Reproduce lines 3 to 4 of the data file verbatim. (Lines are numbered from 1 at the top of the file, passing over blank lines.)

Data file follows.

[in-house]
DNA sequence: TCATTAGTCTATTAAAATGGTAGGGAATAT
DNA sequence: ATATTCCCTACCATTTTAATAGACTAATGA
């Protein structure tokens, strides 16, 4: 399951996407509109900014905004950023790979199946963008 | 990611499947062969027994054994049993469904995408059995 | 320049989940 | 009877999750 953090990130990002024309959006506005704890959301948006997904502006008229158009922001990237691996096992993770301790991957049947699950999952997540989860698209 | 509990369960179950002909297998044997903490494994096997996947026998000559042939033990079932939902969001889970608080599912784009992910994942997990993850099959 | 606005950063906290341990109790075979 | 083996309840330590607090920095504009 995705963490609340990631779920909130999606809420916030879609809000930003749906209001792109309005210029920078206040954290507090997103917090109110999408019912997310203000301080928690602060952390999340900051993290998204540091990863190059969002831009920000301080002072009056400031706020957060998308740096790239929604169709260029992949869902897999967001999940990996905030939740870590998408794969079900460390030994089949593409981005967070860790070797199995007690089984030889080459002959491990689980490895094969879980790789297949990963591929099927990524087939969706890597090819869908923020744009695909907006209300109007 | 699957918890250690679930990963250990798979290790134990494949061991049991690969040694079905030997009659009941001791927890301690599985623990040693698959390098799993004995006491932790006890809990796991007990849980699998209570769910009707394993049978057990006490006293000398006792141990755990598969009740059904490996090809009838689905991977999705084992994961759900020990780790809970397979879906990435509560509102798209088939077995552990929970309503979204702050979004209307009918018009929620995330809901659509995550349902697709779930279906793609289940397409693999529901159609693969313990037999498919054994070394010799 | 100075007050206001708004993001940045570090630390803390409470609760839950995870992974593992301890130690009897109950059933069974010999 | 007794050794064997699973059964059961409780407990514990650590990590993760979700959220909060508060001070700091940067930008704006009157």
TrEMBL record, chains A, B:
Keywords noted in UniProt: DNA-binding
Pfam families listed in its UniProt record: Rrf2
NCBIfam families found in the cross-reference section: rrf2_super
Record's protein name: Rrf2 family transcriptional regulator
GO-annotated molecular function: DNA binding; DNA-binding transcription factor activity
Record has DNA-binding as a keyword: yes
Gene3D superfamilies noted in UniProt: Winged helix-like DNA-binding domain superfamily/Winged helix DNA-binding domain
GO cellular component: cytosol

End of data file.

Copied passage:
DNA sequence: ATATTCCCTACCATTTTAATAGACTAATGA
């Protein structure tokens, strides 16, 4: 399951996407509109900014905004950023790979199946963008 | 990611499947062969027994054994049993469904995408059995 | 320049989940 | 009877999750 953090990130990002024309959006506005704890959301948006997904502006008229158009922001990237691996096992993770301790991957049947699950999952997540989860698209 | 509990369960179950002909297998044997903490494994096997996947026998000559042939033990079932939902969001889970608080599912784009992910994942997990993850099959 | 606005950063906290341990109790075979 | 083996309840330590607090920095504009 995705963490609340990631779920909130999606809420916030879609809000930003749906209001792109309005210029920078206040954290507090997103917090109110999408019912997310203000301080928690602060952390999340900051993290998204540091990863190059969002831009920000301080002072009056400031706020957060998308740096790239929604169709260029992949869902897999967001999940990996905030939740870590998408794969079900460390030994089949593409981005967070860790070797199995007690089984030889080459002959491990689980490895094969879980790789297949990963591929099927990524087939969706890597090819869908923020744009695909907006209300109007 | 699957918890250690679930990963250990798979290790134990494949061991049991690969040694079905030997009659009941001791927890301690599985623990040693698959390098799993004995006491932790006890809990796991007990849980699998209570769910009707394993049978057990006490006293000398006792141990755990598969009740059904490996090809009838689905991977999705084992994961759900020990780790809970397979879906990435509560509102798209088939077995552990929970309503979204702050979004209307009918018009929620995330809901659509995550349902697709779930279906793609289940397409693999529901159609693969313990037999498919054994070394010799 | 100075007050206001708004993001940045570090630390803390409470609760839950995870992974593992301890130690009897109950059933069974010999 | 007794050794064997699973059964059961409780407990514990650590990590993760979700959220909060508060001070700091940067930008704006009157």